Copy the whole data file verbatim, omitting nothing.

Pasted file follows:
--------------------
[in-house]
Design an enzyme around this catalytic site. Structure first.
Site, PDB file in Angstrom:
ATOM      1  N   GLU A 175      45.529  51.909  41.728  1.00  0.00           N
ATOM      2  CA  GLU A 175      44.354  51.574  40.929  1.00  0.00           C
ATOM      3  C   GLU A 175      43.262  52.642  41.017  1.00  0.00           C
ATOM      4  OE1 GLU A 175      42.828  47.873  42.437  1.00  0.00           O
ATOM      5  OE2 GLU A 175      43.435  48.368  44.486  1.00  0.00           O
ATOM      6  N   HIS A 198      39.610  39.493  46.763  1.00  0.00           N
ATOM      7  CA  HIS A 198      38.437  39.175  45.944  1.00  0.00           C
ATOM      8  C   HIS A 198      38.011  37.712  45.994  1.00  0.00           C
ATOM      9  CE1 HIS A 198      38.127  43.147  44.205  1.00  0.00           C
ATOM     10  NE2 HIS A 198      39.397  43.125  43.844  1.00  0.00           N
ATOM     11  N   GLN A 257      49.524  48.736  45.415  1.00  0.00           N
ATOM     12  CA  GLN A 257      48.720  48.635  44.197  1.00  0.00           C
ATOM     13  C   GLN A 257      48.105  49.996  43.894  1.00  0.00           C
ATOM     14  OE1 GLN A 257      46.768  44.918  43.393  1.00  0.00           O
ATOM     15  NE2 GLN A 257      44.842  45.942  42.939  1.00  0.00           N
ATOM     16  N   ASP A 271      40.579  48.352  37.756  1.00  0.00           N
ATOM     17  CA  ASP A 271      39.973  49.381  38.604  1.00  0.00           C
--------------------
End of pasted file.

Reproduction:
[in-house]
Design an enzyme around this catalytic site. Structure first.
Site, PDB file in Angstrom:
ATOM      1  N   GLU A 175      45.529  51.909  41.728  1.00  0.00           N
ATOM      2  CA  GLU A 175      44.354  51.574  40.929  1.00  0.00           C
ATOM      3  C   GLU A 175      43.262  52.642  41.017  1.00  0.00           C
ATOM      4  OE1 GLU A 175      42.828  47.873  42.437  1.00  0.00           O
ATOM      5  OE2 GLU A 175      43.435  48.368  44.486  1.00  0.00           O
ATOM      6  N   HIS A 198      39.610  39.493  46.763  1.00  0.00           N
ATOM      7  CA  HIS A 198      38.437  39.175  45.944  1.00  0.00           C
ATOM      8  C   HIS A 198      38.011  37.712  45.994  1.00  0.00           C
ATOM      9  CE1 HIS A 198      38.127  43.147  44.205  1.00  0.00           C
ATOM     10  NE2 HIS A 198      39.397  43.125  43.844  1.00  0.00           N
ATOM     11  N   GLN A 257      49.524  48.736  45.415  1.00  0.00           N
ATOM     12  CA  GLN A 257      48.720  48.635  44.197  1.00  0.00           C
ATOM     13  C   GLN A 257      48.105  49.996  43.894  1.00  0.00           C
ATOM     14  OE1 GLN A 257      46.768  44.918  43.393  1.00  0.00           O
ATOM     15  NE2 GLN A 257      44.842  45.942  42.939  1.00  0.00           N
ATOM     16  N   ASP A 271      40.579  48.352  37.756  1.00  0.00           N
ATOM     17  CA  ASP A 271      39.973  49.381  38.604  1.00  0.00           C